Watched May 05, 2012
I can't imagine Alain Delon playing anything other than this role. Le Samourai, the lone hit-man, is quiet, professional, and sparse. Everything he does is detailed, calculated and minimalist. He is the personification of the bare room in which he lives. The cinematography is gorgeous, presenting Paris in the 60s, but always with a focus on one particular detail. If the shot is inside a nightclub, its focus is always on one of the characters. If it is of the streets of Paris, then a character or a character's car is at the centre. Every shot in the film is precise and focused on telling the story--nothing is superfluous. Because of this, the film is very fluid; the shot may be static but it always contains movement, action, even if it is simply the subtle change in expression of a jazz pianist.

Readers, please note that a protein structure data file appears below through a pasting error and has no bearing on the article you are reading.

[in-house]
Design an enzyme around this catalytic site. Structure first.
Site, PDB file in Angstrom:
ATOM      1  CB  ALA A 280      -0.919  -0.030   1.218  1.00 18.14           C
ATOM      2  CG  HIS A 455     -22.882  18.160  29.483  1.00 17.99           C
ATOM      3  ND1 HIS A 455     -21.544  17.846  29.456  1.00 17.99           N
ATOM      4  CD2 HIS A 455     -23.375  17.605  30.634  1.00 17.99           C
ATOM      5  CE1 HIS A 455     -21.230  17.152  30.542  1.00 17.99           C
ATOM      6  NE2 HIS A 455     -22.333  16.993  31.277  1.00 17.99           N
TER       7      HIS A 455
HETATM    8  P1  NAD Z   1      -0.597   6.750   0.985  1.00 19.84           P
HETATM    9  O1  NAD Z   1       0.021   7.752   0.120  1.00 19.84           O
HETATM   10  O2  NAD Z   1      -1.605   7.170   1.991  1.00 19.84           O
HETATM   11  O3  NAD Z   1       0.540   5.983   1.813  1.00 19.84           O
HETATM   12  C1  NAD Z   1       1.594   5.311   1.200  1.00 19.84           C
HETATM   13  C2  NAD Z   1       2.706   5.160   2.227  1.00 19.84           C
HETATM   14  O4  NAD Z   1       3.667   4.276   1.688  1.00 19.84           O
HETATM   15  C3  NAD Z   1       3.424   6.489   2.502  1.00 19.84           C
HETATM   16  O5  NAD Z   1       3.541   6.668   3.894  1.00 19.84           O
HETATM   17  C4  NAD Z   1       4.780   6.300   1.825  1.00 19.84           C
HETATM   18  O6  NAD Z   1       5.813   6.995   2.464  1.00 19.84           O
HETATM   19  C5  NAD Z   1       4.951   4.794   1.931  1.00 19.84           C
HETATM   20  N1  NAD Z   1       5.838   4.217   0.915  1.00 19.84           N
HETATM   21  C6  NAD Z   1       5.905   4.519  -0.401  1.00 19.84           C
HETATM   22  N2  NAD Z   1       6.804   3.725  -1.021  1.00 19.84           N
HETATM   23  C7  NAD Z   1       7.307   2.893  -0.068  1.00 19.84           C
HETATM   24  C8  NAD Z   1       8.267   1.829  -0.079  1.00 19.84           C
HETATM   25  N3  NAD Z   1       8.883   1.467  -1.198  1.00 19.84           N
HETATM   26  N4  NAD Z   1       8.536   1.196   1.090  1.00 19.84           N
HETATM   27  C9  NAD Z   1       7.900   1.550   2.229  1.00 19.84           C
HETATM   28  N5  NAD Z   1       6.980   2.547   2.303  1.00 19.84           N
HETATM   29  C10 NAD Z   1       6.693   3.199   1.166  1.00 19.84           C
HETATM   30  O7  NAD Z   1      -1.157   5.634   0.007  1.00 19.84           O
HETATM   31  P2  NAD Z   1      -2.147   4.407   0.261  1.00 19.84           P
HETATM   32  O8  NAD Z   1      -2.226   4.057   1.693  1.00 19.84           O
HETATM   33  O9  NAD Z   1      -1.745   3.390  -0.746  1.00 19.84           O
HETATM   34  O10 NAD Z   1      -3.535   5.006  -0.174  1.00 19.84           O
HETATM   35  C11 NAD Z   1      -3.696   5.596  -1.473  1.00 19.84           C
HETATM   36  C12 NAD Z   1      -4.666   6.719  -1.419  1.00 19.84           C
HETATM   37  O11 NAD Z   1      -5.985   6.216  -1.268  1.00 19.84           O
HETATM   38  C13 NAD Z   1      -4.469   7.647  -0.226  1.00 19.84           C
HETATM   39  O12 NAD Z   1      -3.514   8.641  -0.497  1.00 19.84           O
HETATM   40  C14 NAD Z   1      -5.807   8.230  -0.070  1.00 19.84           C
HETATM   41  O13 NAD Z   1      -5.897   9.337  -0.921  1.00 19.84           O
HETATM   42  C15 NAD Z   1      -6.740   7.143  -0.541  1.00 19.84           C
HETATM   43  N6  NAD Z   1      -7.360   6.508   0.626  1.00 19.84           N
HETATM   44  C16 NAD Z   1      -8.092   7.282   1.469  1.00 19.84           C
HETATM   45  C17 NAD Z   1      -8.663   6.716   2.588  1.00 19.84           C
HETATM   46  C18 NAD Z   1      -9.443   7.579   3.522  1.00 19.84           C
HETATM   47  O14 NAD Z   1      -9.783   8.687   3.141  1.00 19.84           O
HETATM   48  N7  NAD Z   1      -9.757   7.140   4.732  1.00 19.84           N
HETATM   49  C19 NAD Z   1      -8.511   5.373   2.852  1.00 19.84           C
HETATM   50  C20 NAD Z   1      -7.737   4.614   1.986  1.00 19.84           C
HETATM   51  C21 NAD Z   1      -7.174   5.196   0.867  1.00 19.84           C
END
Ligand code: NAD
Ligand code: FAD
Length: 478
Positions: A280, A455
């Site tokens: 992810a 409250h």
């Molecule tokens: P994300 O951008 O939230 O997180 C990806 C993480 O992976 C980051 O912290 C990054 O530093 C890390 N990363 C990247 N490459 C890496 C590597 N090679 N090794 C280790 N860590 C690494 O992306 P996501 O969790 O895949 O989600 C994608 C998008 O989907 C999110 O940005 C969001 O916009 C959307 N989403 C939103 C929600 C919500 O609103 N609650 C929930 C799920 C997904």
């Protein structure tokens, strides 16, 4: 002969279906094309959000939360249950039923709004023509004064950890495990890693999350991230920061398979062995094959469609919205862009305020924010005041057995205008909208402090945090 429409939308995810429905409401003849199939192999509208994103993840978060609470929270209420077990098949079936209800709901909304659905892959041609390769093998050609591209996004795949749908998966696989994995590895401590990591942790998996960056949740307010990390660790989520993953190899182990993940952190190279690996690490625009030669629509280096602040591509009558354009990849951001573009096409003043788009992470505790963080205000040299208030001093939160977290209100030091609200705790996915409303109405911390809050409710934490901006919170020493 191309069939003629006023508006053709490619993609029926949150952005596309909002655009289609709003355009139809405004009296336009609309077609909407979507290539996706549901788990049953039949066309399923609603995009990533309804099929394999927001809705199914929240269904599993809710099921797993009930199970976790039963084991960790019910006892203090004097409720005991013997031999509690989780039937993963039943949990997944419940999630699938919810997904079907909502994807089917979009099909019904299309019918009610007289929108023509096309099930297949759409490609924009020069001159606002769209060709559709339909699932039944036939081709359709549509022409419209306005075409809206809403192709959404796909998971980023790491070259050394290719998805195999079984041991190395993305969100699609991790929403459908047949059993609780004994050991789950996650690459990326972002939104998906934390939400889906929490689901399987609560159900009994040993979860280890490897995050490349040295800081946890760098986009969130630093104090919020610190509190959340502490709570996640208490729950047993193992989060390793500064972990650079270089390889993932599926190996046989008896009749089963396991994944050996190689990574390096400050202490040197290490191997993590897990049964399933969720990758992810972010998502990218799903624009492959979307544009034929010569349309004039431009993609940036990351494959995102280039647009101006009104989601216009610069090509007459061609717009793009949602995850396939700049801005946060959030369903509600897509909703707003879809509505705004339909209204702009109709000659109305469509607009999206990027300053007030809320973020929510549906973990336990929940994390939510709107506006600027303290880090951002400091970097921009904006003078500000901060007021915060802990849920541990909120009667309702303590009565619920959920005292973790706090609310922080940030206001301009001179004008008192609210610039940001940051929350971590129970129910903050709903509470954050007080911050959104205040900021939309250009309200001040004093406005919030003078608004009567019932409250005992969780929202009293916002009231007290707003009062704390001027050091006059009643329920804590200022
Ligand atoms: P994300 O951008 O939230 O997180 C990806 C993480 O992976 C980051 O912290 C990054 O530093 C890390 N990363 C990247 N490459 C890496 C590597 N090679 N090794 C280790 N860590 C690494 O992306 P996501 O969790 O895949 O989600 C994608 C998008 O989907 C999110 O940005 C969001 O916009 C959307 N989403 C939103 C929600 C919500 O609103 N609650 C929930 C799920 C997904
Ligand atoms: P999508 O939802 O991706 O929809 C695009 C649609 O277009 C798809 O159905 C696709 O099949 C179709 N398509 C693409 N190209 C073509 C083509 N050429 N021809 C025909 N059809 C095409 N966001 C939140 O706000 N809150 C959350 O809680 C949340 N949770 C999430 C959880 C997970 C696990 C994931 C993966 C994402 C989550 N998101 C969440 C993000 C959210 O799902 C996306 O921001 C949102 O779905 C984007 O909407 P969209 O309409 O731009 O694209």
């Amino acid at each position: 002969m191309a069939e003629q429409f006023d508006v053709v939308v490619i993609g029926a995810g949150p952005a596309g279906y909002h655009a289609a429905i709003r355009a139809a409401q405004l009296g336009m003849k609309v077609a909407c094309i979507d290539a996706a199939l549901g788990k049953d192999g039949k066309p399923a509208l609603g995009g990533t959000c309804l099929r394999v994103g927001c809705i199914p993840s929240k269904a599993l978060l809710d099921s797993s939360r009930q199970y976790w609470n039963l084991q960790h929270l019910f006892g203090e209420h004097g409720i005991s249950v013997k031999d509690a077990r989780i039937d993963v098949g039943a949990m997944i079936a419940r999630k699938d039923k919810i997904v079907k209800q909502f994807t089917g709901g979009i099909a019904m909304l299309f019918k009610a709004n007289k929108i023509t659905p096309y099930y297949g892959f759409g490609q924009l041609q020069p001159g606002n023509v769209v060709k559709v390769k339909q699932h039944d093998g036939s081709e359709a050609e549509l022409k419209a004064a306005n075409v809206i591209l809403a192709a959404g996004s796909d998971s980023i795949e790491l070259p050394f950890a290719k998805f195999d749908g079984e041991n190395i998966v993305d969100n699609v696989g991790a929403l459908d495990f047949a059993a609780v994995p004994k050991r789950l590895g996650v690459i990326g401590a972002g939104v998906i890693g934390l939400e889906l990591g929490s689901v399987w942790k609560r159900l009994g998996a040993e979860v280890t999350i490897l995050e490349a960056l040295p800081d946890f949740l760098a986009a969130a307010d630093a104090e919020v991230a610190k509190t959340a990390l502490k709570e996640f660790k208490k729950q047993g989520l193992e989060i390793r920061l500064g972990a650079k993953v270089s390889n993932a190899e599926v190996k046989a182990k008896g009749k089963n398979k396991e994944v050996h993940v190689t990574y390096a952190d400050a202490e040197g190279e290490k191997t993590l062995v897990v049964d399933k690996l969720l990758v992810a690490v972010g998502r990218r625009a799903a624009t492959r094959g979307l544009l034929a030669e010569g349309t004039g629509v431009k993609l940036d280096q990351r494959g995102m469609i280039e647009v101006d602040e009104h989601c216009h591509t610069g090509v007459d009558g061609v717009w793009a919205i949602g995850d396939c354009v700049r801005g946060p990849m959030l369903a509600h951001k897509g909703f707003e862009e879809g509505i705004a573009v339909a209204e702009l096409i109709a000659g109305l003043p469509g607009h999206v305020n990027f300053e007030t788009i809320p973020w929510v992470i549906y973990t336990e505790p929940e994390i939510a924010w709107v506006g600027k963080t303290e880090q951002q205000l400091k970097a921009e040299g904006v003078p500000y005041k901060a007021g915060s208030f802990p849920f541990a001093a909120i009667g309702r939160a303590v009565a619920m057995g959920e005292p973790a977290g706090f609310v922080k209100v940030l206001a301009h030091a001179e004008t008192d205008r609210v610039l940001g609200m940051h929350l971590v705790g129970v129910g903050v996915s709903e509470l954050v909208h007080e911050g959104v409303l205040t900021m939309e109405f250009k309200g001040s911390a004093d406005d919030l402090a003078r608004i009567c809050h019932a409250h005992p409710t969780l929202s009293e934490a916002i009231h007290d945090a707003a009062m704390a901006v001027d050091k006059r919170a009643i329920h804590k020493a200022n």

The plot flies by a bit too quickly near the end but it's ok. By then you are so mesmerized by Jef Costello that your only concern is with watching him negotiate the details of a tricky situation, and doing so with panache.
And that is a mighty fine hat he's wearing.
Part of the Sunday Mornings with Coffee Series